ERIC Number: ED473479
Record Type: Non-Journal
Publication Date: 2002-Nov-22
Reference Count: N/A
Balancing Free Speech and Government Protection in a Time of Threat.
Covington, William G., Jr.
A common misconception among first-year university students is that the United States provides unabridged, uncensored absolute free speech rights. Evidently these assumptions are derived from popular press and entertainment industry images which place heavy emphasis on one end of the debate. It is a shock for some students to be exposed to the other side of the debate, i.e., the reality that there are some restrictions on free speech which exist, in part, for the protection of the individual. This paper first provides a historical context for free speech and government restrictions, citing court pronouncements on the issue. The paper discusses the results of the State of the First Amendment survey, taken after September 11, 2001, describing a pendulum shift in the wake of the attack on the United States. Forty-nine percent (49%) said the First Amendment goes too far in the rights it grants, a 10% jump from the previous year. It considers 1947's Hutchins Commission, which proposed guidelines related to press responsibility to be used to address the balancing question faced by decision-makers of that generation. It focuses on one post-9/11 free expression advocate, OMB Watch, an organization concerned about the government going too far in restricting access to documents in the wake of 9/11. The paper notes that the Information Age presents challenges not previously encountered in the way information is disseminated in times of war and national crisis. It finds that two mutually exclusive goals, the right of the people to know, and the obligation of the government to protect its citizens in time of war, cannot both be satisfied in their entirety. (Contains 18 references.) (NKA)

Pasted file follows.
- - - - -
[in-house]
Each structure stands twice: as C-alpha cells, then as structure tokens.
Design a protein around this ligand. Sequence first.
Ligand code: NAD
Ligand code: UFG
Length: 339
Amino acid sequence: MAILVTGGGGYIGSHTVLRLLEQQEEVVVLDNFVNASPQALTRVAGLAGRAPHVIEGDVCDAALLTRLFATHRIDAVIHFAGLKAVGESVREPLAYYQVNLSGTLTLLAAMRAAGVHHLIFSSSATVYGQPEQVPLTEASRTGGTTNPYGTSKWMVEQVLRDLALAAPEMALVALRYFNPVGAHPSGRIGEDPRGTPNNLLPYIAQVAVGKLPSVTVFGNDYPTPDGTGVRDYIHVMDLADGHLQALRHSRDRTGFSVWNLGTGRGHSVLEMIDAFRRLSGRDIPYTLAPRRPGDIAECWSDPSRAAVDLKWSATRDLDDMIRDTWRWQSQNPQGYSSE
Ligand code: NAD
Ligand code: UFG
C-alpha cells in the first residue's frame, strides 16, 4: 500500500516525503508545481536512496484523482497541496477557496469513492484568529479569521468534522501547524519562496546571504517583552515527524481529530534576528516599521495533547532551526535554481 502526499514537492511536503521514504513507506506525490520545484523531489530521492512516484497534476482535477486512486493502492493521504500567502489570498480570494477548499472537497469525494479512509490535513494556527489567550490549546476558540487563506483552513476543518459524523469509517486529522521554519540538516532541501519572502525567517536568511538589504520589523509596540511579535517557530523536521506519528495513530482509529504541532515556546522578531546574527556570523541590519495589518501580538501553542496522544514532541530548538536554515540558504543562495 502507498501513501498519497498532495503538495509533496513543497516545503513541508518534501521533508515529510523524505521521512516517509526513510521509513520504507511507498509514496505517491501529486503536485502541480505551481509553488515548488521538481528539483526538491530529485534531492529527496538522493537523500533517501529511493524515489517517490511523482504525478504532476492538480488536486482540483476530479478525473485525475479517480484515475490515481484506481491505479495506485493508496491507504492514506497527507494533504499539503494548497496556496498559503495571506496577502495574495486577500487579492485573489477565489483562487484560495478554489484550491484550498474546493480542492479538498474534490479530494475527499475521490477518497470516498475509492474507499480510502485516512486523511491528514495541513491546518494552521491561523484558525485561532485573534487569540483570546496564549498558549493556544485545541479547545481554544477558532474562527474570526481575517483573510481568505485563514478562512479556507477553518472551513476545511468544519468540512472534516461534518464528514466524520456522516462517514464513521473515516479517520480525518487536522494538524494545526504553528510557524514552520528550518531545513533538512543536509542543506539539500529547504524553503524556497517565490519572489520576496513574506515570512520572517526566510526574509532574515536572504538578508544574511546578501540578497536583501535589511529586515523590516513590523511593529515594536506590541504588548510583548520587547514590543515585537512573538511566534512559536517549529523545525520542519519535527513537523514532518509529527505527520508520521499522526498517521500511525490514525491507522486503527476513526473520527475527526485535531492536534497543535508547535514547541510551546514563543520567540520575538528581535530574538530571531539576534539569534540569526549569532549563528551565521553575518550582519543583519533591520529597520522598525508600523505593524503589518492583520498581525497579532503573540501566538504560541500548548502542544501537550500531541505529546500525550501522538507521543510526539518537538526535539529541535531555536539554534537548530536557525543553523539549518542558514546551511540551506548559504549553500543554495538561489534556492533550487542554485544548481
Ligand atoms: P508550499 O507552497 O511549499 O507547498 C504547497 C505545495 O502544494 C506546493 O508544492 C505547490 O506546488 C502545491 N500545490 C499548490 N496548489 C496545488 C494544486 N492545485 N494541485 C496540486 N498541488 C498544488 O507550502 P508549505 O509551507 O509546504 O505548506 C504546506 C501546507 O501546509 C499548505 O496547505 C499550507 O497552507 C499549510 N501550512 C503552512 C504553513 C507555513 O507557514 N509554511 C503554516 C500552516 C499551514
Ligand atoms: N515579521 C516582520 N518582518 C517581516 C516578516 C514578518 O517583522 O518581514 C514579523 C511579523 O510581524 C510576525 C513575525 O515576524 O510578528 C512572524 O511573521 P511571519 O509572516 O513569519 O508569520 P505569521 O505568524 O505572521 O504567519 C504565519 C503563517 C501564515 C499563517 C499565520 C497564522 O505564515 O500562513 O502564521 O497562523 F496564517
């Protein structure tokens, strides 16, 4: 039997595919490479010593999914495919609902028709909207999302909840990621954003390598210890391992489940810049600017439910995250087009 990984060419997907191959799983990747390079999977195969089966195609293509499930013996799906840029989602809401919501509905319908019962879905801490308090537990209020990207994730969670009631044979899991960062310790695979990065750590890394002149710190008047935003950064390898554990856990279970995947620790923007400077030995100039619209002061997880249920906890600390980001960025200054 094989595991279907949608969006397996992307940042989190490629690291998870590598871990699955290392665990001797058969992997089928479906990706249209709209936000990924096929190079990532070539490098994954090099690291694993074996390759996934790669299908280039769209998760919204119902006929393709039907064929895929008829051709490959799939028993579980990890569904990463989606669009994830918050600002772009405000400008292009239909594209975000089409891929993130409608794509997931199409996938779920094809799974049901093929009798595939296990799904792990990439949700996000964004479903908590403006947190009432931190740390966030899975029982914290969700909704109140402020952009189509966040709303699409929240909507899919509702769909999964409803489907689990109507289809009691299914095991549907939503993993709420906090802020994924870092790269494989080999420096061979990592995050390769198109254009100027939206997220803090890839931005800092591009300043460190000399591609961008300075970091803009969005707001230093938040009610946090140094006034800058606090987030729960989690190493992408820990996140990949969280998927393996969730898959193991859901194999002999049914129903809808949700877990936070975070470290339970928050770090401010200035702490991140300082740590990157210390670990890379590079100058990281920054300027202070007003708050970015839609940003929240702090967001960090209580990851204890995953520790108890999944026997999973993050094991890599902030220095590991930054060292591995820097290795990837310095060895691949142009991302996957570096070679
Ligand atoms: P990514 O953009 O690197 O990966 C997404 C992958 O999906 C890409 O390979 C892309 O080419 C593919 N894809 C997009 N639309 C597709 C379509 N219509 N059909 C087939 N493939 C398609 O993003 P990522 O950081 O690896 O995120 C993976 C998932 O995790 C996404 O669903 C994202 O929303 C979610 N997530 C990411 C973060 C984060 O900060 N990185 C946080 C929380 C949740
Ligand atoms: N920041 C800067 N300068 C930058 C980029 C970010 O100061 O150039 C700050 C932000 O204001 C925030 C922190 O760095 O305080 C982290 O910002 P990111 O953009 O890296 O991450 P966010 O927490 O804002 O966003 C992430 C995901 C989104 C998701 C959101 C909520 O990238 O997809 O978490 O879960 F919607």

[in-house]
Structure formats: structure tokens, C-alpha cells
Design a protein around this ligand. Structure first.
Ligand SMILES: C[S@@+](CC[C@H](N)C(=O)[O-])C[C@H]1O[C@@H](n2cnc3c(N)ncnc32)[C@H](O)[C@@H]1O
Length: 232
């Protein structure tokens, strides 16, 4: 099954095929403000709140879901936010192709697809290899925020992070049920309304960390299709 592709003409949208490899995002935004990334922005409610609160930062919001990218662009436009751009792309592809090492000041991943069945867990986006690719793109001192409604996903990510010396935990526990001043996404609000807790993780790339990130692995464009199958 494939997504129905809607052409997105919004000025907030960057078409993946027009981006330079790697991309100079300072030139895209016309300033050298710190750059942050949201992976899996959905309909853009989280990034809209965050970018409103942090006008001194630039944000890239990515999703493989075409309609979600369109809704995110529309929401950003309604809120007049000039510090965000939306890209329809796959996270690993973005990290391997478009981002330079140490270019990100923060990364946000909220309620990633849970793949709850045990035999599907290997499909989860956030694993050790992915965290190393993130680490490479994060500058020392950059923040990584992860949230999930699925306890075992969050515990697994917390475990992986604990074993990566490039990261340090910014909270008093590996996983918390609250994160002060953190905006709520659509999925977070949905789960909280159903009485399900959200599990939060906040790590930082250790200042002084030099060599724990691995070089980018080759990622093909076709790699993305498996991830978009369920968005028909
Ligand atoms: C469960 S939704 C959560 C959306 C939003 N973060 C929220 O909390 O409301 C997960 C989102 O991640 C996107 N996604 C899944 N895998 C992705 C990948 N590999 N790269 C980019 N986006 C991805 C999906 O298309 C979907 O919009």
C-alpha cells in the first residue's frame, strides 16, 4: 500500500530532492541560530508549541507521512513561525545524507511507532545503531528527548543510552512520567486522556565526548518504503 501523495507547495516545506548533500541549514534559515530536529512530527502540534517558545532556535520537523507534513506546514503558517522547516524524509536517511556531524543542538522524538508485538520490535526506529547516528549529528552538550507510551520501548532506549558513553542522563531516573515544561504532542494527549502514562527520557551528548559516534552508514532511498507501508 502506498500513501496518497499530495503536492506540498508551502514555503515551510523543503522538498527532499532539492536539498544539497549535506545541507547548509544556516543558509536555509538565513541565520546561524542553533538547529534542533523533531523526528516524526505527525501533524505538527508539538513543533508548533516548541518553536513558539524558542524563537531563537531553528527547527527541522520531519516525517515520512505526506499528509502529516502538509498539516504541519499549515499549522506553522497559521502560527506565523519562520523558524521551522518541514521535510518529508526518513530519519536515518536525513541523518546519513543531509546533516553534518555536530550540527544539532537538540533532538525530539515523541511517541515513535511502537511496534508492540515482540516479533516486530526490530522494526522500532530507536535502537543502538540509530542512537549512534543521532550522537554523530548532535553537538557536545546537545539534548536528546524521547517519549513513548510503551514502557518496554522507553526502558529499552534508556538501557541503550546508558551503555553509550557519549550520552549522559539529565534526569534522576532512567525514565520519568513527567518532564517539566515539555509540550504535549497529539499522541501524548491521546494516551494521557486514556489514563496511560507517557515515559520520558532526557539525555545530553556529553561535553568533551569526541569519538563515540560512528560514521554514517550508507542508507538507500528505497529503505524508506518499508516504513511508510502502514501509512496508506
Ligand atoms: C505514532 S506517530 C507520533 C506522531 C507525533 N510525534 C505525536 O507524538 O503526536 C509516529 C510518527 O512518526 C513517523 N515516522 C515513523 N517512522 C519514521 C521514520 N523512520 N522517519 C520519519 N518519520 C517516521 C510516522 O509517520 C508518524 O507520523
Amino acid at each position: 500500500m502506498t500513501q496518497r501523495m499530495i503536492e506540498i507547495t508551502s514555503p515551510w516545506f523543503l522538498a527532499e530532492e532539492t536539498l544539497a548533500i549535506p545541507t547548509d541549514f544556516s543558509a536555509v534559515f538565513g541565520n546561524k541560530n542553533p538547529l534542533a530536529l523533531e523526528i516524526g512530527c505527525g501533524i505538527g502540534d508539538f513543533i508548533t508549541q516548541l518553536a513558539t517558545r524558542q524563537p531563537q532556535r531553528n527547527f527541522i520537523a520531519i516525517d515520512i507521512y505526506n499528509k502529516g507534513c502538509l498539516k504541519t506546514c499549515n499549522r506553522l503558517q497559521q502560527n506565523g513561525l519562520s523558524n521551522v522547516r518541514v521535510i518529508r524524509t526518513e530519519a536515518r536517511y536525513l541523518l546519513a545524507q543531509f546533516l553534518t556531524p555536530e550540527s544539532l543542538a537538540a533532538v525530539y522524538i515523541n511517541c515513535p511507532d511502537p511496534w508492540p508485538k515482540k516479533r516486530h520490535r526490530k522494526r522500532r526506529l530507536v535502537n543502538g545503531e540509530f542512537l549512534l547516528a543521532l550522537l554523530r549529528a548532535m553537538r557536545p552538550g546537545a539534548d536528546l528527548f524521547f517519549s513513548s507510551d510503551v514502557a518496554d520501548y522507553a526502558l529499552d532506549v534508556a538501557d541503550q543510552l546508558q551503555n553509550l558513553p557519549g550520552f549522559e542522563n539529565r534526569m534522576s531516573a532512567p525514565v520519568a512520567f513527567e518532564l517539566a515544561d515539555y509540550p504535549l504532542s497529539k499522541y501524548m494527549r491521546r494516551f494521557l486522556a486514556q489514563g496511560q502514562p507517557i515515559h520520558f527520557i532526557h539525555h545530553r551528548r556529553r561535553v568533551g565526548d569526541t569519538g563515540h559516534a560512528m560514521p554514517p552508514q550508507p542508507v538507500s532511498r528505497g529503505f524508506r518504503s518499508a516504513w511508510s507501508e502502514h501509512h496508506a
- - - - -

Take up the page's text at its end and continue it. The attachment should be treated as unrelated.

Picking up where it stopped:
Publication Type: Information Analyses; Opinion Papers; Speeches/Meeting Papers
Education Level: N/A
Authoring Institution: N/A
Identifiers - Laws, Policies, & Programs: First Amendment